Robert Samuelson The Withering of the Affluent Society.  It is long but well worth the read.  I can recall conversations with friends over the years about social security.  Not one of us believed we would collect it.  These friends were on both sides of the political spectrum.

As it is, the generations are in an undeclared war. Americans in their late forties, fifties, and sixties believe that the contract made with them should be kept. They want their Social Security and Medicare benefits. They are angry when what they thought were career jobs are unexpectedly terminated; corporate buyouts and firings weren’t part of the bargain. Meanwhile, their children and grandchildren are befuddled and frustrated. Their unemployment rates are high, and their wage levels—compared to those of the past—are low. Yet they feel guilty advocating trims to Social Security and Medicare, even when the transfers go from the struggling young to the comfortable old.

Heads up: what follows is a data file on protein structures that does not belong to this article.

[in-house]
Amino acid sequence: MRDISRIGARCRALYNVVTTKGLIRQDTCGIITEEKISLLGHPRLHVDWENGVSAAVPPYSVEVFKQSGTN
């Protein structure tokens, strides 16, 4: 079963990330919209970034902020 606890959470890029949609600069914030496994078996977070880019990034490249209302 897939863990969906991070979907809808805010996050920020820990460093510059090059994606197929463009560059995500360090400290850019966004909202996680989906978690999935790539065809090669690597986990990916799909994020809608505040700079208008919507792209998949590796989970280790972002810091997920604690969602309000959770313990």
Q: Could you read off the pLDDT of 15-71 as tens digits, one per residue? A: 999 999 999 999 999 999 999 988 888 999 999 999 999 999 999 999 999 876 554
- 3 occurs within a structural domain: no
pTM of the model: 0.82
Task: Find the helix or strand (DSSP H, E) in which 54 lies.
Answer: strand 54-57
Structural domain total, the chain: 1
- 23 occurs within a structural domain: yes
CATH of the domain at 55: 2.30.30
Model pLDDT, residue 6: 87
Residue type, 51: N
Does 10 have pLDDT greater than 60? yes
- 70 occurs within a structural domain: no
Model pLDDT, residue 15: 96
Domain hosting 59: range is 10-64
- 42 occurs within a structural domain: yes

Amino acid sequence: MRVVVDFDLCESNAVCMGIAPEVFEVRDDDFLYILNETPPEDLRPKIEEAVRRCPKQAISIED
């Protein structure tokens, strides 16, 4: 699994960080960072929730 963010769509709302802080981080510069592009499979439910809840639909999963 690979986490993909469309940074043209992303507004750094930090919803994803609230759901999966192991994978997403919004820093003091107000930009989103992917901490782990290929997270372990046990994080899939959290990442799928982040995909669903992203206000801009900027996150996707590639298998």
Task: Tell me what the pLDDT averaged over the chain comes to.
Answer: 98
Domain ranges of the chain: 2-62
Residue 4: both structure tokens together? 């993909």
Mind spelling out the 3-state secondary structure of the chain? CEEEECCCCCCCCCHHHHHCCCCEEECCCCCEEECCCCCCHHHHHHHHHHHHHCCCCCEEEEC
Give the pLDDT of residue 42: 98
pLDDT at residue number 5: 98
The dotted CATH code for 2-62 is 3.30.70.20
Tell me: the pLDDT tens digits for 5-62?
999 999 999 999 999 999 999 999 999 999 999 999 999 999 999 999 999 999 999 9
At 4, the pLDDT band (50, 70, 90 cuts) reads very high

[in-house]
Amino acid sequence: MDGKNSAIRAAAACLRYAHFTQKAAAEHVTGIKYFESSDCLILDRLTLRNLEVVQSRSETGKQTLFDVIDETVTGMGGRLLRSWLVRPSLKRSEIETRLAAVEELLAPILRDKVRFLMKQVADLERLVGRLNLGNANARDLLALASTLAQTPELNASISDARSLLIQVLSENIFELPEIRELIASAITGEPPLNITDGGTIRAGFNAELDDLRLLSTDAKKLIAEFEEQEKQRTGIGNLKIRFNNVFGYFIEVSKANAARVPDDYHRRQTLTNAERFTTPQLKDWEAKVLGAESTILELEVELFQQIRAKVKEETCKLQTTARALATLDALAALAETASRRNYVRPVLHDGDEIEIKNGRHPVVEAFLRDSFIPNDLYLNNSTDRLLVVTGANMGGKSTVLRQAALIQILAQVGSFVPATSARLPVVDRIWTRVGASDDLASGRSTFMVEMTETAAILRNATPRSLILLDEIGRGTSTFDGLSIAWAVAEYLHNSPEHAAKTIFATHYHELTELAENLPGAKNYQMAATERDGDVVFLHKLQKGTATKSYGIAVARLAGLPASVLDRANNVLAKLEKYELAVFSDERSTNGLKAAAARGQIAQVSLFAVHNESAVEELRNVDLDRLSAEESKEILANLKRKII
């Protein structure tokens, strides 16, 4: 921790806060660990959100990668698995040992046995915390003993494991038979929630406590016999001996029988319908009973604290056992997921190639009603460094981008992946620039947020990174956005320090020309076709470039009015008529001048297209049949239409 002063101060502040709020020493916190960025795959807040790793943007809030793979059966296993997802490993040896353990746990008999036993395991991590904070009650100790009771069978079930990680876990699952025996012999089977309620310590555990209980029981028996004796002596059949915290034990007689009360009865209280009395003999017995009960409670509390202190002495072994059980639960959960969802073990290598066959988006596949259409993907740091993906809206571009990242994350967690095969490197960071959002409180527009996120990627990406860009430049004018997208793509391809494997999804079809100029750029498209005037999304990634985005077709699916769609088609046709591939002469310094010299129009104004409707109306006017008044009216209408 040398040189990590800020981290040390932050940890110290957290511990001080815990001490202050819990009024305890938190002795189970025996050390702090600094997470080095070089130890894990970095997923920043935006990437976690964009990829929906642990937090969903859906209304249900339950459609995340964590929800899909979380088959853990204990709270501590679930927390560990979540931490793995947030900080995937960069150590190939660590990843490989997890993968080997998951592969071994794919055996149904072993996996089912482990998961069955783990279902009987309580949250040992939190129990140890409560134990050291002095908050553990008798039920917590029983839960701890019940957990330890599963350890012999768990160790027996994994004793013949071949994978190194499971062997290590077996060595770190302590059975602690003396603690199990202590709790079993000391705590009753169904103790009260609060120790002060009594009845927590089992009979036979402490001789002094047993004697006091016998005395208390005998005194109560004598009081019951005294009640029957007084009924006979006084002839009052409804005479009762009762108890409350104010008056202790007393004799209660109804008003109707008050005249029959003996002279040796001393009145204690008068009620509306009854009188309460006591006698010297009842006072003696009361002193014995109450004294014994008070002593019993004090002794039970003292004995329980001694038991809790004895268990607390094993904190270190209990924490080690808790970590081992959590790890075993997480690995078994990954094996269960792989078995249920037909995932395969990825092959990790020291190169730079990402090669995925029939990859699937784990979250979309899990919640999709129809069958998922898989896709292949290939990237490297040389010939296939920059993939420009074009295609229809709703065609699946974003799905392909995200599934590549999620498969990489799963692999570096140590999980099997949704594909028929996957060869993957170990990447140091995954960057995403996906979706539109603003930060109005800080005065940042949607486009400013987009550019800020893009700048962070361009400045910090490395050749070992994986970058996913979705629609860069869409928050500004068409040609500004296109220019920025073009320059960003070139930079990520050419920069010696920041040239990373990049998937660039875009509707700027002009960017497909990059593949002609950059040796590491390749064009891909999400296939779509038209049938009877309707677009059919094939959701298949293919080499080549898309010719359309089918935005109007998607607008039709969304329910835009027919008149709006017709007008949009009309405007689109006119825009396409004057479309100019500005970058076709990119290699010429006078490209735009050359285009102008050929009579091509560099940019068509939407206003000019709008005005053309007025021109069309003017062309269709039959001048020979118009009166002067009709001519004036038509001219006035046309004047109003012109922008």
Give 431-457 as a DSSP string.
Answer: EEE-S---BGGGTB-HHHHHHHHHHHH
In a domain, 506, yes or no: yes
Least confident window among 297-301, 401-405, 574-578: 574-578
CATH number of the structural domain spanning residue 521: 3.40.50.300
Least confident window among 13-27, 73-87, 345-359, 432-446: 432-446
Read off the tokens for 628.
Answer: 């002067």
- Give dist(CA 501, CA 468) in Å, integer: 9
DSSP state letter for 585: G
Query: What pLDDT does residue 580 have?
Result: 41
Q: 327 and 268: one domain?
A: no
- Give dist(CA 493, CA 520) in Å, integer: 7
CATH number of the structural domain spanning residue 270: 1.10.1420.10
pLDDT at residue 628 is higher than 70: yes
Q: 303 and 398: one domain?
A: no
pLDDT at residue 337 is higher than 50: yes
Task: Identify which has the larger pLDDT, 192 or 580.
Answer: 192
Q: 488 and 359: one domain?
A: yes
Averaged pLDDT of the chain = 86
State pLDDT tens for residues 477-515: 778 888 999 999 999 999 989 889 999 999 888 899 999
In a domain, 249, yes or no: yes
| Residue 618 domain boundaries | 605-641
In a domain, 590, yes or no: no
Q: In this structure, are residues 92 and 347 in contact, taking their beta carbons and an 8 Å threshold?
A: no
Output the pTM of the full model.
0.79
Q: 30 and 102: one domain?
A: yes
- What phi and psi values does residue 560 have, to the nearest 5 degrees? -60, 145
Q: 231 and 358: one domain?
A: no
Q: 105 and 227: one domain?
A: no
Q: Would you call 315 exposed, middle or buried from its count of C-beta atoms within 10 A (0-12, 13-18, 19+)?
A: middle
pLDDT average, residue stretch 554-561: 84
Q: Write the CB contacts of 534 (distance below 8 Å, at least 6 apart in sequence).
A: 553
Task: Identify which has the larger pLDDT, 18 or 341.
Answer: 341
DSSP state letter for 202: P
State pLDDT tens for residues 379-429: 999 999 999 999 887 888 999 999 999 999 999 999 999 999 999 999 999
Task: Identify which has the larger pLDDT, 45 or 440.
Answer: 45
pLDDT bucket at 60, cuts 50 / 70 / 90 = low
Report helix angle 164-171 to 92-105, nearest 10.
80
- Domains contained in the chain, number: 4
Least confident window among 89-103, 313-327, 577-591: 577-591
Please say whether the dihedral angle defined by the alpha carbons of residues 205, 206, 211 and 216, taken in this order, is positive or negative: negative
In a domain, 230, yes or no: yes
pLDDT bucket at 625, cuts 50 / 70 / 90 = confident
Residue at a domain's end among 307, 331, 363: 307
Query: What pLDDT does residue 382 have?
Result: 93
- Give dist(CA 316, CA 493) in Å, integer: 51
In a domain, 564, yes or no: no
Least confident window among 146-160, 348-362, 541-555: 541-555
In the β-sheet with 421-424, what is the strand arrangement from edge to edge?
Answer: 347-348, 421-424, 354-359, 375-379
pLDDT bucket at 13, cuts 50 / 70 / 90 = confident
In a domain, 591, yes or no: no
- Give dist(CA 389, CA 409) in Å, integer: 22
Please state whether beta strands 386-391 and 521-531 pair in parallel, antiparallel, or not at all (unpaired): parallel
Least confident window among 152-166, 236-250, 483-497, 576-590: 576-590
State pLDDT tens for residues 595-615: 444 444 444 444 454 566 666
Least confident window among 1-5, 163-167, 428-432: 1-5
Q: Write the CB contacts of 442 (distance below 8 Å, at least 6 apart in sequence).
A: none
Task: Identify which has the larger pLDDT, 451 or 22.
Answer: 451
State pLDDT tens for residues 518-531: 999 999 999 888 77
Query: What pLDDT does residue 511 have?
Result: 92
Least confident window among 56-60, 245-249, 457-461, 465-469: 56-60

2. Nick Gillespie and Veronique de Rugy  Congress Isn’t Gridlocked–It’s Just Totally Irresponsible.  I agree with most of what they say.  There are some Congressman and Senators who are trying.  Nobody is perfect.

Simply put, this is no way to run a country. The problem is not gridlock or ideological fervor. The problem is an increasingly irresponsible government that has for far too long been far too easily let off the hook. Whichever party emerges victorious in November, and whatever happens in the lame-duck session, this much is certain: Unless taxpayers begin demanding their president and Congress act responsibly, and do the actual work they were elected to do,“gridlock” will be the least of our problems.

3.  I always enjoy reading Dan Mitchell’s blog.  He isn’t afraid to take on both sides when it comes to spending.

 

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